In December, Global Electric Motors (GEM), LLC began its tenth year of operation as the fi rst and only successful maker of all-electric, low-speed vehicles in North America.
In December, Global Electric Motors (GEM), LLC began its tenth year of operation as the fi rst and only successful maker of all-electric, low-speed vehicles in North America. These plastic-bodied, battery-powered “neighborhood electric vehicles,” or NEVs, are street-legal in 40 states for off-highway driving at up to 25 mph. President and COO Richard J. Kasper says more than 33,000 GEM cars are running on college campuses, military bases, retirement communities, parks, and other municipal facilities. Since 2000, GEM has been a subsidiary of DaimlerChrysler.
The GEM plant in Fargo, N.D., can produce 275 cars a day with two shifts, says director of sales and marketing Russ Kiefer. Sales have grown 10% to 15% annually over the last fi ve years, and the company has a four- to six-week order backlog. GEM cars start at about 1000 lb and prices of $7000 to $9000.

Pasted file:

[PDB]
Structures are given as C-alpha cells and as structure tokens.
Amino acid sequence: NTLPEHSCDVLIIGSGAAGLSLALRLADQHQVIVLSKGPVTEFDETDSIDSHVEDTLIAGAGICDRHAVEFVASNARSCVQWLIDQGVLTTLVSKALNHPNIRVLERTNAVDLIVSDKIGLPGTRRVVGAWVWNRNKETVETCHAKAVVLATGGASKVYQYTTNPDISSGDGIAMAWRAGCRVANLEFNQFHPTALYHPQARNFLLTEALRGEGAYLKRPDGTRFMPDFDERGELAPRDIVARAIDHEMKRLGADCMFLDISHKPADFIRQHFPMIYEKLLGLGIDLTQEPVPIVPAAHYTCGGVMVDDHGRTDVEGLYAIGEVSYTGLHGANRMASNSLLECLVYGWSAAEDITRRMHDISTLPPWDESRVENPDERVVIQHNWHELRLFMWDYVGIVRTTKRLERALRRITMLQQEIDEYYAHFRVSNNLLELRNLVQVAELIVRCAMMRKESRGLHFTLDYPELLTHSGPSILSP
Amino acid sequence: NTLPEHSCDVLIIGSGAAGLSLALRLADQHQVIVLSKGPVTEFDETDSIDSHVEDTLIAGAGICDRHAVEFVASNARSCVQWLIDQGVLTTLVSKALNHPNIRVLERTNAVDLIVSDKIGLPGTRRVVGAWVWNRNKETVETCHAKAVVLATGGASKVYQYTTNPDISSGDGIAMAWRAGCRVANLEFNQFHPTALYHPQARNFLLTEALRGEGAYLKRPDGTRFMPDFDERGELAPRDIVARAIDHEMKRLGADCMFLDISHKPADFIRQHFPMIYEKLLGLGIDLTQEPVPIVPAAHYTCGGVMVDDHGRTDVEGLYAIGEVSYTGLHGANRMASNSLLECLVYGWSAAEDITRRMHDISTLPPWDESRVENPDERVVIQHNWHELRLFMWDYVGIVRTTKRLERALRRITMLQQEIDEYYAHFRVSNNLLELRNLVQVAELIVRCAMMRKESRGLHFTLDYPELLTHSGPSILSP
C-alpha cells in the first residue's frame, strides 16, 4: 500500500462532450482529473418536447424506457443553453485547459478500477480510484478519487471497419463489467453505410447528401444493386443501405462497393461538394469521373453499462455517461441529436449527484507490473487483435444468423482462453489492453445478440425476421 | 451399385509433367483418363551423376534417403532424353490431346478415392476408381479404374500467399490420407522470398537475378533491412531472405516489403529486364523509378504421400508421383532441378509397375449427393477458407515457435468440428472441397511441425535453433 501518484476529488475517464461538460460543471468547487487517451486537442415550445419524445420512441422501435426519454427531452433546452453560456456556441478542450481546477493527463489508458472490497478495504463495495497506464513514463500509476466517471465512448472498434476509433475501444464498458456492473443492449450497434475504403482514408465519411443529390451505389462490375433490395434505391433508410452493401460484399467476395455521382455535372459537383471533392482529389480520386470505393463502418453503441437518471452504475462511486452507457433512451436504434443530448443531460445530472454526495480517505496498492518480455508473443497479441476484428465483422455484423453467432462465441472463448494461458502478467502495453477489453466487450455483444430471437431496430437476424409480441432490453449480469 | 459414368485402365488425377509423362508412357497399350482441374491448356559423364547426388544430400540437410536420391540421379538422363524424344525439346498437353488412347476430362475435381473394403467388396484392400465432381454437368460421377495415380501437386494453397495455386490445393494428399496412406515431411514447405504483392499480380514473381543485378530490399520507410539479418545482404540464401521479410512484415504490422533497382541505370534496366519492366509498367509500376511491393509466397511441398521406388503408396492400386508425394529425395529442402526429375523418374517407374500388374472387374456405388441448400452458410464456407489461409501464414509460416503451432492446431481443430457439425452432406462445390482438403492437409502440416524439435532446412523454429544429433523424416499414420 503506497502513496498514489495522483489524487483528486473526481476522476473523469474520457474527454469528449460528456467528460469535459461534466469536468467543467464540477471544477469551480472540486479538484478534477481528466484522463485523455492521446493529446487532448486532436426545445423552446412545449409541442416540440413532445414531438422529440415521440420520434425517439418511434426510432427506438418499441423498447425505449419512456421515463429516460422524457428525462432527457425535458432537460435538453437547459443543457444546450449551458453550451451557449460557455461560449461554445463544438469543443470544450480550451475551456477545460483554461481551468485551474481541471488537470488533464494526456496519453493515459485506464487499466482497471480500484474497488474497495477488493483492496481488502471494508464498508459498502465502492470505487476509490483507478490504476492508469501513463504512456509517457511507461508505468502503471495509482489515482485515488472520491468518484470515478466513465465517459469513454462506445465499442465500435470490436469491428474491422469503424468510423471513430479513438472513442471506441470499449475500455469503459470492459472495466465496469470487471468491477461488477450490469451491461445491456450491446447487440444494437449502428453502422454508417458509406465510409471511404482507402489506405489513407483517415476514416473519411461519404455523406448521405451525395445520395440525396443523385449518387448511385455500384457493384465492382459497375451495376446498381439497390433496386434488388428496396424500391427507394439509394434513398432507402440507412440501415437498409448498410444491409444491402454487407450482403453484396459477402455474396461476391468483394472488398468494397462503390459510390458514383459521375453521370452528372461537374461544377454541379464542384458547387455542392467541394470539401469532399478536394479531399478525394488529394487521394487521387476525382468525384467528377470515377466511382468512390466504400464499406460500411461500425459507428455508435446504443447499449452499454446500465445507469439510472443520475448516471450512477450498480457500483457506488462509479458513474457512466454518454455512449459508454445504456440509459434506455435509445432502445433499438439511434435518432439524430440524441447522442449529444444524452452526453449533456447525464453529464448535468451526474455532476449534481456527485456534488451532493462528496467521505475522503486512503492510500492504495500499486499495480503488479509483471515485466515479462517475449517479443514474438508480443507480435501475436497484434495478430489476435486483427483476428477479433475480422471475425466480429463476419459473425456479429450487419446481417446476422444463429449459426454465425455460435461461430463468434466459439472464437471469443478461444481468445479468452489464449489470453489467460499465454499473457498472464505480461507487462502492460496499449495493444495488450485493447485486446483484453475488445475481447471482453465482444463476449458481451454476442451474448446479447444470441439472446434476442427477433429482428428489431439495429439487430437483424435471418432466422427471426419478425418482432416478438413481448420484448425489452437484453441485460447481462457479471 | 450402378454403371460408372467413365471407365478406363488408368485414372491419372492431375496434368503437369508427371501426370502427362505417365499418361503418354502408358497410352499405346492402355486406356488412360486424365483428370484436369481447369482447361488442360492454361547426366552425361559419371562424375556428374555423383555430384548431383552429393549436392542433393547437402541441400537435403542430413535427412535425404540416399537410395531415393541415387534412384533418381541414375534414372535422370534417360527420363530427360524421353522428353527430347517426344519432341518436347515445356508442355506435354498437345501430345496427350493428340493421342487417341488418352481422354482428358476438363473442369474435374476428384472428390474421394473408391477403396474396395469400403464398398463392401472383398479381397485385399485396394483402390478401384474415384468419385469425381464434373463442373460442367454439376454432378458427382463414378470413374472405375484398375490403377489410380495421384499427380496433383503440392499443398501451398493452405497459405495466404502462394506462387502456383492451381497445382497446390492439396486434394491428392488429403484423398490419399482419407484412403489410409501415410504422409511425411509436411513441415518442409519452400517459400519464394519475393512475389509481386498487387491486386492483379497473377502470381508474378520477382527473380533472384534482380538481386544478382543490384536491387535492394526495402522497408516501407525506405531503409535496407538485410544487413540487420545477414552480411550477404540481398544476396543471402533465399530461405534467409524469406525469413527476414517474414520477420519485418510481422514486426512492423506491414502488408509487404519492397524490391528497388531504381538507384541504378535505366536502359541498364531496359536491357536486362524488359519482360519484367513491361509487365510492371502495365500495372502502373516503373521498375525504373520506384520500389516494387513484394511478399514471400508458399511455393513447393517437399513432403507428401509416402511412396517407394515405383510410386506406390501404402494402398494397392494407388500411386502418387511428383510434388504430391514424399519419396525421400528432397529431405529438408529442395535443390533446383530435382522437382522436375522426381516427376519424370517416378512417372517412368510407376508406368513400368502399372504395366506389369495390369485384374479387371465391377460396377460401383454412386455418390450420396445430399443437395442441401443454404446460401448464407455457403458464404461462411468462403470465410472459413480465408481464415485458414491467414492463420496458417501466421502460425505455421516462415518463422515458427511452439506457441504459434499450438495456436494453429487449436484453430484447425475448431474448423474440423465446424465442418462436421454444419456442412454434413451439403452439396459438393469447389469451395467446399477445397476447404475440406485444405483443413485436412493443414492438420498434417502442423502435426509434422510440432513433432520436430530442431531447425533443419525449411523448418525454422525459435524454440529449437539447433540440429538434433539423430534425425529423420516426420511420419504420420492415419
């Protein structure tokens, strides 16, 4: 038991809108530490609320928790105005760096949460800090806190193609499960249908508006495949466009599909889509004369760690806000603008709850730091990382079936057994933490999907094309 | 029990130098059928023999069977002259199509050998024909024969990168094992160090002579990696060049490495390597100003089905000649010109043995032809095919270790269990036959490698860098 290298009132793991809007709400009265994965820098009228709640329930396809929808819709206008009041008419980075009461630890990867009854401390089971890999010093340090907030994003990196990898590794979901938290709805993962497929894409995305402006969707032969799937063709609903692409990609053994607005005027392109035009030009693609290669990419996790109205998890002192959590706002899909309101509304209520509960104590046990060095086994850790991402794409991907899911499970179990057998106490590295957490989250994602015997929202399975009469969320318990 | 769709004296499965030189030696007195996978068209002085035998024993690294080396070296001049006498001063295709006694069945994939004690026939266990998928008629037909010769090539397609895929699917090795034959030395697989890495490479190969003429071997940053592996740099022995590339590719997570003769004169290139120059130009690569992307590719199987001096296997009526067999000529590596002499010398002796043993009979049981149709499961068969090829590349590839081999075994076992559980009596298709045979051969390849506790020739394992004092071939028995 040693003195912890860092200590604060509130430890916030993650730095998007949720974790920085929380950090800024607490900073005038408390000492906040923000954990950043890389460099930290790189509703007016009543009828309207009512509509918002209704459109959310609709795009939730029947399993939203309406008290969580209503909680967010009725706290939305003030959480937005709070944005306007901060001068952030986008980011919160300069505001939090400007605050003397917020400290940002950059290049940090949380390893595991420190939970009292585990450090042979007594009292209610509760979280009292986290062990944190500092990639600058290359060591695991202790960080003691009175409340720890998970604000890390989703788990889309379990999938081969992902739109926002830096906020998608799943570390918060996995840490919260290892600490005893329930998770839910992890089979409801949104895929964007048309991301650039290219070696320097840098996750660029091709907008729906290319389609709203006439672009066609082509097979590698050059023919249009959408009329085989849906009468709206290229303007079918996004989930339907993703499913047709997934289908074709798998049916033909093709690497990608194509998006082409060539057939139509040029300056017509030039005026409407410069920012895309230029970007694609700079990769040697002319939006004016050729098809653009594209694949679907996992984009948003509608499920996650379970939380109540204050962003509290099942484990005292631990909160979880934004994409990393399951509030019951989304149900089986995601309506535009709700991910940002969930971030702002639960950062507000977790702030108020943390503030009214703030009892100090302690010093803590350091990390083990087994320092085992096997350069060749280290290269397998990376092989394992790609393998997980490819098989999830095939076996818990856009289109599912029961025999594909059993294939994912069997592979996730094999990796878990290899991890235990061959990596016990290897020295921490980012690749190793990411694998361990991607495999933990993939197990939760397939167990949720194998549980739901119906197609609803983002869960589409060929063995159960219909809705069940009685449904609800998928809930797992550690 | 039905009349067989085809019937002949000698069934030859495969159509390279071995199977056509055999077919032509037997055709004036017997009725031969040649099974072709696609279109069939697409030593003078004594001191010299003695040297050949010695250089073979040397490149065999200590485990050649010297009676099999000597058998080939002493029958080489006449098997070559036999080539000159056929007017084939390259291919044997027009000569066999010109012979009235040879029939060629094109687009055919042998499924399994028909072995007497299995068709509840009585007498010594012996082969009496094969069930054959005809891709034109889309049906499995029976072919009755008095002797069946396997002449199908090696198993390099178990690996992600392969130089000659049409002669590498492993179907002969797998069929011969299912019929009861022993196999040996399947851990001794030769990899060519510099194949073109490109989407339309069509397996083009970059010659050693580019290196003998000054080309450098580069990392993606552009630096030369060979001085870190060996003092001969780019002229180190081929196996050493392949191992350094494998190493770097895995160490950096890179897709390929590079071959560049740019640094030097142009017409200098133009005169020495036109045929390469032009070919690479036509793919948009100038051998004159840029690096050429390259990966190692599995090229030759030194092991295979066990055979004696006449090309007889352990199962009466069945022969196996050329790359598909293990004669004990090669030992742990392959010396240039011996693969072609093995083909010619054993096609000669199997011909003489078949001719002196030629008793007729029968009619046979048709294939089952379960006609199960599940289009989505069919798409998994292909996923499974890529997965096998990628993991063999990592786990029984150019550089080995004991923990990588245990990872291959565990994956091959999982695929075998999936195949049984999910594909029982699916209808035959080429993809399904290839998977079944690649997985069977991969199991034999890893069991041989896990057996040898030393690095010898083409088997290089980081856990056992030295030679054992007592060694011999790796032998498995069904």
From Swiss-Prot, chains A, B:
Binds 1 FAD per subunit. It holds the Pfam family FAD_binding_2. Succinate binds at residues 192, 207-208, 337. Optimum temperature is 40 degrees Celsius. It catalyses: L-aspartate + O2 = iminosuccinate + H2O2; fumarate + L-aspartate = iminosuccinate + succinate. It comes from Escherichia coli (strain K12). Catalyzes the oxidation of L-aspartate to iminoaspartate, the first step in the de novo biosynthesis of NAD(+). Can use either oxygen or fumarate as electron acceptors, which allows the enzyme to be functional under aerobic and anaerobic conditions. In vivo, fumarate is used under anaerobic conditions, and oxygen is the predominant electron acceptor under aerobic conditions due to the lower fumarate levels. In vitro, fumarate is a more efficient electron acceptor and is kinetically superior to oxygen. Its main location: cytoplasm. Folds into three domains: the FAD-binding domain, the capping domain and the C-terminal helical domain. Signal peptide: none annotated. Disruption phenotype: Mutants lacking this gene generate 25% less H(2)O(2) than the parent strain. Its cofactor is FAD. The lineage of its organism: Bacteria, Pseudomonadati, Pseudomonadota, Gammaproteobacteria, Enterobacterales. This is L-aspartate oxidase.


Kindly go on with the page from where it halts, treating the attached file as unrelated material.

Six models (for two, four, or six passengers and three sizes of utility trucks) share a simple design: An aluminum and steel frame is covered with eight to 12 thermoformed panels—underbody tub, two side panels, two mud guards, hood, fender, and roof. The largest models have three-piece tubs and roofs. All these parts are formed from a tri-layer coextruded sheet with an ABS substrate topped by colored weatherable ASA and a glossy, clear acrylic capstock. The sheet is extruded by Spartech Corp., Clayton, Mo., and formed by Wilbert Plastic Services, White Bear Lake, Minn. Thermoformed panels replaced thermoset FRP composites in 1999, Kasper says, because of inconsistent quality in the FRP parts and because thermoplastic sheet eliminated painting. GEM vehicles also have injection molded upper dashboard panels and “hard” doors (a clip-on option instead of canvas doors). GEM: (888) 871-4367/www. gemcar.com • Spartech: (888) 721-4242/www.spartech.com